BURRELL v. SUPERINTENDENT
ENTRY Denying Petition for Writ of Habeas Corpus - There was no arbitrary action in any aspect of the charge, disciplinary proceedings, or sanctions involved in the events identified in this action, and there was no constitutional infirmity in the proceedings. Accordingly, Burrell's petition for a writ of habeas corpus must be denied. Judgment consistent with this Entry shall now issue. The clerk is instructed to update the petitioner's address consistent with the distribution portion of this Entry. (See Entry.) Copy to Petitioner via U.S. Mail. Signed by Judge Tanya Walton Pratt on 4/20/2017.(JLS)
UNITED STATES DISTRICT COURT
SOUTHERN DISTRICT OF INDIANA
) Case No 1:16-cv-0389-TWP-TAB
Entry Denying Petition for Writ of Habeas Corpus
The petition of Zao Burrell (“Burrell”) for a writ of habeas corpus challenges a prison
disciplinary proceeding identified as No. NCN 15-10-0043. For the reasons explained in this entry,
Burrell’s habeas petition must be denied.
Prisoners in Indiana custody may not be deprived of credit-earning class without due
process. Montgomery v. Anderson, 262 F.3d 641, 644-45 (7th Cir. 2001). The due process
requirement is satisfied with the issuance of advance written notice of the charges, a limited
opportunity to present evidence to an impartial decision maker, a written statement articulating the
reasons for the disciplinary action and the evidence justifying it, and “some evidence in the record”
to support the finding of guilt. Superintendent, Mass. Corr. Inst. v. Hill, 472 U.S. 445, 454 (1985);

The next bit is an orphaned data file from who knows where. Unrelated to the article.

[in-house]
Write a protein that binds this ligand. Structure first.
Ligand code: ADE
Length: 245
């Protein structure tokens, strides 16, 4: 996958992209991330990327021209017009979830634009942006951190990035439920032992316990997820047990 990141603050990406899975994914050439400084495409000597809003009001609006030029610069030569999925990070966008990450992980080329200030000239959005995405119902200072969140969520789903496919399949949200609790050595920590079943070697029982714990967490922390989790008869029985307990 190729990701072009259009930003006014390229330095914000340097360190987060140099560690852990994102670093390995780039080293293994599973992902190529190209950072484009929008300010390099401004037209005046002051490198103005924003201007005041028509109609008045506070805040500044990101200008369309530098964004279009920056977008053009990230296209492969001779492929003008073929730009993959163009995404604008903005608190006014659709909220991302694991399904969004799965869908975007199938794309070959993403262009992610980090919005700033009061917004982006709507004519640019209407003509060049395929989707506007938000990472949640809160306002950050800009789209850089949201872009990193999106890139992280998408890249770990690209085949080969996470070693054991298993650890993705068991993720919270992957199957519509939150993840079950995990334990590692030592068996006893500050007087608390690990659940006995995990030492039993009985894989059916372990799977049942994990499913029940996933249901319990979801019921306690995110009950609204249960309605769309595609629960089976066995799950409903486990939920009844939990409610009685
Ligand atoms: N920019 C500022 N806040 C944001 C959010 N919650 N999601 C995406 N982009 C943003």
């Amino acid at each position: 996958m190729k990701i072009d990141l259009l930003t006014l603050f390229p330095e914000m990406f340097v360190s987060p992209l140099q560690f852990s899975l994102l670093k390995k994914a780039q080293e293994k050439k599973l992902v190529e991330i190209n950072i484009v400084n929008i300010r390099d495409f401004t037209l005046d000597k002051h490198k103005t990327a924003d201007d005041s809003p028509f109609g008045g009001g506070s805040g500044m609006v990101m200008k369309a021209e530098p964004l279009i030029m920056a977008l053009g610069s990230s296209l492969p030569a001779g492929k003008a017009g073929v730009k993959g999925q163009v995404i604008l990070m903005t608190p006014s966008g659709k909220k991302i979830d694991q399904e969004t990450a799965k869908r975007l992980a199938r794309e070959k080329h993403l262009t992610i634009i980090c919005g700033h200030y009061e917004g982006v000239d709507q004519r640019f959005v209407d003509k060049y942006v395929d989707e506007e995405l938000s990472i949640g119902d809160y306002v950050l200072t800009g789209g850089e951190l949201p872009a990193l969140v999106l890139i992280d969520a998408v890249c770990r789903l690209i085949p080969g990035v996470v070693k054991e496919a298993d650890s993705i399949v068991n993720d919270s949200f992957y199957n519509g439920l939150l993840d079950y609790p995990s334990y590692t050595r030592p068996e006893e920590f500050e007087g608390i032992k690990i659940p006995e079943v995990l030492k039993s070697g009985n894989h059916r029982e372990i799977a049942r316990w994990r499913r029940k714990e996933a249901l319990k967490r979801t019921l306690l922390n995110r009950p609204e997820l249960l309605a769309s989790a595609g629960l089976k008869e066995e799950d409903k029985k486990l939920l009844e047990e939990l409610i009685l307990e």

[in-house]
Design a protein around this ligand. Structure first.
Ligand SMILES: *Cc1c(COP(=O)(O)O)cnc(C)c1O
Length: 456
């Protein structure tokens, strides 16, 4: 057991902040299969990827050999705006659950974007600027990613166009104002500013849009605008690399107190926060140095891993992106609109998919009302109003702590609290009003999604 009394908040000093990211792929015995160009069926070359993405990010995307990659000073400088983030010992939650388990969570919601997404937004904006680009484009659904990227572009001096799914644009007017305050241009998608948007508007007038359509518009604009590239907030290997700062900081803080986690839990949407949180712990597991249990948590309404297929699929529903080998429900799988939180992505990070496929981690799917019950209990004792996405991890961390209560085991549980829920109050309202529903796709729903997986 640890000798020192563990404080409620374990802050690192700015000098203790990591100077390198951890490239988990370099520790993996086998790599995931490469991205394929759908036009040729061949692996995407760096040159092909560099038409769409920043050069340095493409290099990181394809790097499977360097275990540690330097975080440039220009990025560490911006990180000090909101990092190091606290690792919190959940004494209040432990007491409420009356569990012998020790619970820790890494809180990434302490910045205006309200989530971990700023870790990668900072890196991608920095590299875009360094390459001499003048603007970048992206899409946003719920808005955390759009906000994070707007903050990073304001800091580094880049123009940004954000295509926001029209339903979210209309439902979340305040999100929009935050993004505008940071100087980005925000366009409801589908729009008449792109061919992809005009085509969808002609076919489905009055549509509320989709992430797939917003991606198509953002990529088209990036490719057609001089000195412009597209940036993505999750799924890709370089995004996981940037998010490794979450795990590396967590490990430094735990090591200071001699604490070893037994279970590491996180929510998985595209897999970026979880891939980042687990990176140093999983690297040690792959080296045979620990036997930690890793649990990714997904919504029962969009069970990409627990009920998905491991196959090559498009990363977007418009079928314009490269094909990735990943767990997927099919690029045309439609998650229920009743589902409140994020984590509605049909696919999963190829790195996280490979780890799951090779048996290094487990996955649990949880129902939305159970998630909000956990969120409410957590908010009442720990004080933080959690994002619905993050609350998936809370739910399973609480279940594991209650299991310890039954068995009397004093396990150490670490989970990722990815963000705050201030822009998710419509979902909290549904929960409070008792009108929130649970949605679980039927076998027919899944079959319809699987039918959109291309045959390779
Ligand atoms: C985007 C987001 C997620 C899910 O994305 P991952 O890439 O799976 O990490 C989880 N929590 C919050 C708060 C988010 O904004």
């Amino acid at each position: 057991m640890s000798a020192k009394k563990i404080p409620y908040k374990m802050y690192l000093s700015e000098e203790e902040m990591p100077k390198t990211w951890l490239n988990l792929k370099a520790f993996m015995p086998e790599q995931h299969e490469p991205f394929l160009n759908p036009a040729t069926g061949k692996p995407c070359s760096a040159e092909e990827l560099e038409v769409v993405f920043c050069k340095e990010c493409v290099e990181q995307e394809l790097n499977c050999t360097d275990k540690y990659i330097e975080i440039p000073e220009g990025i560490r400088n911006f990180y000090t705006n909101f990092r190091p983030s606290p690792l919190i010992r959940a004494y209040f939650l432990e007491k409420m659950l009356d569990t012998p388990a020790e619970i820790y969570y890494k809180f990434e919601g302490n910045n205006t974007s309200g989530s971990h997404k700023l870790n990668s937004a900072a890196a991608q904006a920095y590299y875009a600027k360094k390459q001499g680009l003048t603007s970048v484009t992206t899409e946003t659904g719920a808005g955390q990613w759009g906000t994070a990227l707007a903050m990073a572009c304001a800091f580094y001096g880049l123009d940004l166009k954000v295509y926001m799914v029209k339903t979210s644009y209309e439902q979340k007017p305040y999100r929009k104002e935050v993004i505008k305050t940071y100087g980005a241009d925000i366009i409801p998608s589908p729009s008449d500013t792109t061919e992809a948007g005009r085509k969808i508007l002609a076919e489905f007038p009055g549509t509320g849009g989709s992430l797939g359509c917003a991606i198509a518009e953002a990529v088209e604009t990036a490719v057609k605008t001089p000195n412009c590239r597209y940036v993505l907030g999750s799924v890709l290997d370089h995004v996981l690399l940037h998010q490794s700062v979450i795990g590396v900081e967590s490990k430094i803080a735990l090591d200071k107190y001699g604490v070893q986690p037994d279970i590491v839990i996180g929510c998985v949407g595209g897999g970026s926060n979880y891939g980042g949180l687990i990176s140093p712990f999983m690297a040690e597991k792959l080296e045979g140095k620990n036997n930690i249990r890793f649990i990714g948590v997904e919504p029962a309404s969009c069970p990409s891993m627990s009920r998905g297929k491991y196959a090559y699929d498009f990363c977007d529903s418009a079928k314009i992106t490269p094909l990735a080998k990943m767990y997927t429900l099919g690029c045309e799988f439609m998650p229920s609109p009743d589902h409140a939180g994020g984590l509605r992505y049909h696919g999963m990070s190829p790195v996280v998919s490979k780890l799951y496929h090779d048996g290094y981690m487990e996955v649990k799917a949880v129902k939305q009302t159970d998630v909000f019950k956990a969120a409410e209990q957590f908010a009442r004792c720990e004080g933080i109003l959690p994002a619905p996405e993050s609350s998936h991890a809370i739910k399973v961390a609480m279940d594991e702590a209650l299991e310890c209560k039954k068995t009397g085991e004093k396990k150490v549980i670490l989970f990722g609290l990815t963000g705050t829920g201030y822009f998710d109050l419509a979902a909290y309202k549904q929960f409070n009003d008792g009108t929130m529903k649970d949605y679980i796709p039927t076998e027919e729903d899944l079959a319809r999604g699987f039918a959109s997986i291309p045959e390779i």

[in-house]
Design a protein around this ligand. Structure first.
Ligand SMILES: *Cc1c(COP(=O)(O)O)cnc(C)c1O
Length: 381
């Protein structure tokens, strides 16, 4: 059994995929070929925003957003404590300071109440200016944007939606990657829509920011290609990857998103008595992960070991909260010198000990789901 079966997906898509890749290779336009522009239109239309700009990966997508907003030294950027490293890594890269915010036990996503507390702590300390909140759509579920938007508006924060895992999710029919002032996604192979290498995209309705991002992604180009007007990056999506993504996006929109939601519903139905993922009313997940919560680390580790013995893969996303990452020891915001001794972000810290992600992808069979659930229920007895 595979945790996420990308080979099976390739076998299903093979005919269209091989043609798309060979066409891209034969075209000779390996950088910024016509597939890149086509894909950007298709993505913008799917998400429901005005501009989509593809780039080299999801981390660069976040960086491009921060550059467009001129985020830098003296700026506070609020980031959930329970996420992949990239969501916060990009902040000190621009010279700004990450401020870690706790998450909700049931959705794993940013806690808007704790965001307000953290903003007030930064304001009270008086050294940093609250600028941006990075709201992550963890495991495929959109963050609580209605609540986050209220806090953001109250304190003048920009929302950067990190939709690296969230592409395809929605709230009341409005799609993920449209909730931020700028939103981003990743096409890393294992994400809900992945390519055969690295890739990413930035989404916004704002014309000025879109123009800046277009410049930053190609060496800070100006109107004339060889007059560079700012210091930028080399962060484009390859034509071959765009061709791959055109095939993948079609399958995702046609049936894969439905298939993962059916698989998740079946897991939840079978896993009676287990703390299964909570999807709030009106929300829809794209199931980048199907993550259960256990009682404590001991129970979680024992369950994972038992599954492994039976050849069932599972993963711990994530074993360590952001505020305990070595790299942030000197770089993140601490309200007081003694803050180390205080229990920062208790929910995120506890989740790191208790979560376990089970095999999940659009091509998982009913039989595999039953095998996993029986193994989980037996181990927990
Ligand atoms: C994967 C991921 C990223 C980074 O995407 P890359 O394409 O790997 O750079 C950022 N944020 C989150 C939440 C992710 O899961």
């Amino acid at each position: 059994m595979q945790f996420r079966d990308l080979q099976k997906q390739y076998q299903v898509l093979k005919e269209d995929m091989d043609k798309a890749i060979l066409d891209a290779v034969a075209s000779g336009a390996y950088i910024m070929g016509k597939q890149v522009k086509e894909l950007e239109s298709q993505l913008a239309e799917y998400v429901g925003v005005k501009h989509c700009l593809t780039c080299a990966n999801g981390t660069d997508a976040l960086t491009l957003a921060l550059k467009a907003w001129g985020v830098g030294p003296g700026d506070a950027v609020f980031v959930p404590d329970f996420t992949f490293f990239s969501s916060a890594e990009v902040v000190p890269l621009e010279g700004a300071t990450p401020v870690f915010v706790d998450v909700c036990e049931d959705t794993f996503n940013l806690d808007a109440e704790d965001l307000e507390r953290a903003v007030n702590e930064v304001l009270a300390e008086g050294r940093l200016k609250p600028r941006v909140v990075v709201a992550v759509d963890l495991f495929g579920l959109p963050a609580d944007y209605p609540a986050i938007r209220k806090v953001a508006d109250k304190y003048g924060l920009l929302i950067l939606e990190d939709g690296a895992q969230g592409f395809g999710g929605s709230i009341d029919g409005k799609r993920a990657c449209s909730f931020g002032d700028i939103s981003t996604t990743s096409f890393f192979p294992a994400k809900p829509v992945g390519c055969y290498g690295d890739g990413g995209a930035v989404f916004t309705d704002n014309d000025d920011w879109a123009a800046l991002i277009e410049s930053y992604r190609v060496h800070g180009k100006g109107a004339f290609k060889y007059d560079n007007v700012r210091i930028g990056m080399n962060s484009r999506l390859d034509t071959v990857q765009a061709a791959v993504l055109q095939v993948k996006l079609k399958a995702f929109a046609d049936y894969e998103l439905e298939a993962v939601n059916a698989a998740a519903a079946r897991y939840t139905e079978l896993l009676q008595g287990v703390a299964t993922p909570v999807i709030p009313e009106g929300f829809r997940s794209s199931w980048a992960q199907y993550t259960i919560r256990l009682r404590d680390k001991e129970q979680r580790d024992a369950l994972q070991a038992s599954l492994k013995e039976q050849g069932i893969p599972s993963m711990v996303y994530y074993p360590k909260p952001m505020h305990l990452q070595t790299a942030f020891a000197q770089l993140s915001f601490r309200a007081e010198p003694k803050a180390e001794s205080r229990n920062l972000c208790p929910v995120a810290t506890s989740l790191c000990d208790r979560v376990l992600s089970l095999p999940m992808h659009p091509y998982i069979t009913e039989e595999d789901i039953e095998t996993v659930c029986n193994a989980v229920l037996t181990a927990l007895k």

Wolff v. McDonnell, 418 U.S. 539, 570-71 (1974); Piggie v. Cotton, 344 F.3d 674, 677 (7th Cir.
2003); Webb v. Anderson, 224 F.3d 649, 652 (7th Cir. 2000).
B. The Disciplinary Proceeding
On October 15, 2015, Correctional Sargent J. Lawson wrote a Report of Conduct in
case NCN 15-10-0043 charging Burrell with Class B offense 207, Possession of an Electronic
Device. The Conduct Report states:
On the above date [10/15/2015] at approximately 1830 I Sgt. J. Lawson was
assisting Officer N. Gaddis and Officer J. New with nightly cell searches. Upon
arriving at cell 04-211 Ofc. Gaddis advised both offenders to come to the door.
Off. Burrell was sitting on the top bunk at this time. Off. Burrell continued
messing with something on the top shelf that was directly next to him. I could
hear the sound of metal on metal hitting while he was messing around on the
shelf. Off. Burrell then got down off of the bed and gave something to his cell
mate who was sitting on the toilet. His cell mate immediately flushed the toilet.
Both Offenders were removed from the cell and a search of the cell was
conducted. Upon looking on the top shelf I noticed the wall outlet for the cable
cord to plug into was off of the wall and sitting on the top shelf. I looked inside
of the outlet box and noticed a plastic bag stuffed on the left side of the box.
Upon inspecting the contents of the baggy I confirmed that it contained two
ends to cell phone chargers. It was short wire with just the plug that plugs into
the cell phone. Off. Burrell was advised that he would be receiving a conduct
On October 15, 2015, Burrell was notified of the charge and was given a copy of the
conduct report and the Notice of Disciplinary Hearing “Screening Report.” He was notified of his
rights and pled not guilty. Burrell did not request a lay advocate, but did request Offender Thomas
as a witness. Burrell did not request any evidence. [Dkt. 8-2].
A disciplinary hearing in case NCN 15-10-0043 was held on October 16, 2015, and the
Hearing Officer found Burrell guilty of the charge of possession of an electronic device. In making
this determination, the Hearing Officer considered the staff reports, the offender’s statement, photo
evidence, and evidence from witnesses. Based on the Hearing Officer’s recommendations the
following sanctions were imposed: thirty (30) days of disciplinary segregation, suspended; thirty